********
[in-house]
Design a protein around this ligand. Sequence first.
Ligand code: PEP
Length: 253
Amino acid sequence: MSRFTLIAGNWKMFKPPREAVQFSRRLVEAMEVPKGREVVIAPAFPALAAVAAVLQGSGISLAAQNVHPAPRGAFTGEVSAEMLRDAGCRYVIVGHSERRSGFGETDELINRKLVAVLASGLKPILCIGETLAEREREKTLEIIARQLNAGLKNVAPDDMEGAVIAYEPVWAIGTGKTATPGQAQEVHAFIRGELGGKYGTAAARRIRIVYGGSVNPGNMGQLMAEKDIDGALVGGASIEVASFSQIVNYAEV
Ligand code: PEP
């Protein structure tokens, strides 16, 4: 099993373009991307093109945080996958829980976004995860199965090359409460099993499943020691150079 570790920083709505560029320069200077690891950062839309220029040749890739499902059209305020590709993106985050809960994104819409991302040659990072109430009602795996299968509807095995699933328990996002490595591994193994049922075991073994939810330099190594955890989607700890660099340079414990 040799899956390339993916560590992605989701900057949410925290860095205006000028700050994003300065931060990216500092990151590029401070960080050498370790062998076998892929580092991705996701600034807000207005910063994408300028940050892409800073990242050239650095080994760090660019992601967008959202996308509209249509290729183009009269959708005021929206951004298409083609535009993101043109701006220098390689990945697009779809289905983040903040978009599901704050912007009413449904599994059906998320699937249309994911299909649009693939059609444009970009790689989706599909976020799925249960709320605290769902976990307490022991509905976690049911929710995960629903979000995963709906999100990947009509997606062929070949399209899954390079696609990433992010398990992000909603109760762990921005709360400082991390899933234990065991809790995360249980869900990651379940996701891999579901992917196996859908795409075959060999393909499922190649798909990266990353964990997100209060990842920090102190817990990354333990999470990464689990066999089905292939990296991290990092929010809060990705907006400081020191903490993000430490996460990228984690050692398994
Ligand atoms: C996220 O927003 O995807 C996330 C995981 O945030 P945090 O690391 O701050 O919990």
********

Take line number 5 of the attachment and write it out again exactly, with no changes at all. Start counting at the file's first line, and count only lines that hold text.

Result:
Amino acid sequence: MSRFTLIAGNWKMFKPPREAVQFSRRLVEAMEVPKGREVVIAPAFPALAAVAAVLQGSGISLAAQNVHPAPRGAFTGEVSAEMLRDAGCRYVIVGHSERRSGFGETDELINRKLVAVLASGLKPILCIGETLAEREREKTLEIIARQLNAGLKNVAPDDMEGAVIAYEPVWAIGTGKTATPGQAQEVHAFIRGELGGKYGTAAARRIRIVYGGSVNPGNMGQLMAEKDIDGALVGGASIEVASFSQIVNYAEV